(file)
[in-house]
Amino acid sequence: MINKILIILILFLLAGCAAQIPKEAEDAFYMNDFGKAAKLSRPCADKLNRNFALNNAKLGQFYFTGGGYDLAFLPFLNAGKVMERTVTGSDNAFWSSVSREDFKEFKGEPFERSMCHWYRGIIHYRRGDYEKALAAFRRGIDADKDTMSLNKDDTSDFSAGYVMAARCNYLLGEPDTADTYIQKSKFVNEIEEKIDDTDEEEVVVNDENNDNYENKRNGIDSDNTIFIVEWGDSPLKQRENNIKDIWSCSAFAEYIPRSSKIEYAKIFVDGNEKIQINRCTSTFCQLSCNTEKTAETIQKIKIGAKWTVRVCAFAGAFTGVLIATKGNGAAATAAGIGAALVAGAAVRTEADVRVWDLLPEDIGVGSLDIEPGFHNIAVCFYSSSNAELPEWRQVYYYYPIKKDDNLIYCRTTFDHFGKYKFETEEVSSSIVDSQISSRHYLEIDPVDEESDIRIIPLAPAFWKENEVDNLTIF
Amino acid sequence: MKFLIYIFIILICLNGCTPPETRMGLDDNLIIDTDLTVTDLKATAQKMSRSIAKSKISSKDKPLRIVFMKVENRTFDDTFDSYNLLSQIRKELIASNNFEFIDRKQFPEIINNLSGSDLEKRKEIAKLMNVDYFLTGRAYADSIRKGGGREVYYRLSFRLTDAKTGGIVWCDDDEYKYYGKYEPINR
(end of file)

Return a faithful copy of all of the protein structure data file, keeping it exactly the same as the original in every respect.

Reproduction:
[in-house]
Amino acid sequence: MINKILIILILFLLAGCAAQIPKEAEDAFYMNDFGKAAKLSRPCADKLNRNFALNNAKLGQFYFTGGGYDLAFLPFLNAGKVMERTVTGSDNAFWSSVSREDFKEFKGEPFERSMCHWYRGIIHYRRGDYEKALAAFRRGIDADKDTMSLNKDDTSDFSAGYVMAARCNYLLGEPDTADTYIQKSKFVNEIEEKIDDTDEEEVVVNDENNDNYENKRNGIDSDNTIFIVEWGDSPLKQRENNIKDIWSCSAFAEYIPRSSKIEYAKIFVDGNEKIQINRCTSTFCQLSCNTEKTAETIQKIKIGAKWTVRVCAFAGAFTGVLIATKGNGAAATAAGIGAALVAGAAVRTEADVRVWDLLPEDIGVGSLDIEPGFHNIAVCFYSSSNAELPEWRQVYYYYPIKKDDNLIYCRTTFDHFGKYKFETEEVSSSIVDSQISSRHYLEIDPVDEESDIRIIPLAPAFWKENEVDNLTIF
Amino acid sequence: MKFLIYIFIILICLNGCTPPETRMGLDDNLIIDTDLTVTDLKATAQKMSRSIAKSKISSKDKPLRIVFMKVENRTFDDTFDSYNLLSQIRKELIASNNFEFIDRKQFPEIINNLSGSDLEKRKEIAKLMNVDYFLTGRAYADSIRKGGGREVYYRLSFRLTDAKTGGIVWCDDDEYKYYGKYEPINR